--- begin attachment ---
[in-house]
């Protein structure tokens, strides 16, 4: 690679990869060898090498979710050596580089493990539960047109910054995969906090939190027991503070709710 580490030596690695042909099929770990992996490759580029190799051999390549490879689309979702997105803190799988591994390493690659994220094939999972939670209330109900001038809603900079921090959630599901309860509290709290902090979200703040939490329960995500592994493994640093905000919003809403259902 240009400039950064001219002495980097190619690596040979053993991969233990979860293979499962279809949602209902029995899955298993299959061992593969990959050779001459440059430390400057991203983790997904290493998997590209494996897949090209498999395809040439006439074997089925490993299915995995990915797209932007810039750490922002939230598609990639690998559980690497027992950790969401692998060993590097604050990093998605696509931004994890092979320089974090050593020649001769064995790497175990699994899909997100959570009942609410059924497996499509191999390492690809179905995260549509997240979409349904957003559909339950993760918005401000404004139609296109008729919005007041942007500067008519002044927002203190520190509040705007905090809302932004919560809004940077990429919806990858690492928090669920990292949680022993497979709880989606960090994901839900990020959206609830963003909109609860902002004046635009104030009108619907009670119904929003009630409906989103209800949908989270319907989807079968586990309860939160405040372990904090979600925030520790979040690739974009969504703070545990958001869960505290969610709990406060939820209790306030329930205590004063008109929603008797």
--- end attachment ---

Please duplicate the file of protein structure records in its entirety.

[in-house]
């Protein structure tokens, strides 16, 4: 690679990869060898090498979710050596580089493990539960047109910054995969906090939190027991503070709710 580490030596690695042909099929770990992996490759580029190799051999390549490879689309979702997105803190799988591994390493690659994220094939999972939670209330109900001038809603900079921090959630599901309860509290709290902090979200703040939490329960995500592994493994640093905000919003809403259902 240009400039950064001219002495980097190619690596040979053993991969233990979860293979499962279809949602209902029995899955298993299959061992593969990959050779001459440059430390400057991203983790997904290493998997590209494996897949090209498999395809040439006439074997089925490993299915995995990915797209932007810039750490922002939230598609990639690998559980690497027992950790969401692998060993590097604050990093998605696509931004994890092979320089974090050593020649001769064995790497175990699994899909997100959570009942609410059924497996499509191999390492690809179905995260549509997240979409349904957003559909339950993760918005401000404004139609296109008729919005007041942007500067008519002044927002203190520190509040705007905090809302932004919560809004940077990429919806990858690492928090669920990292949680022993497979709880989606960090994901839900990020959206609830963003909109609860902002004046635009104030009108619907009670119904929003009630409906989103209800949908989270319907989807079968586990309860939160405040372990904090979600925030520790979040690739974009969504703070545990958001869960505290969610709990406060939820209790306030329930205590004063008109929603008797």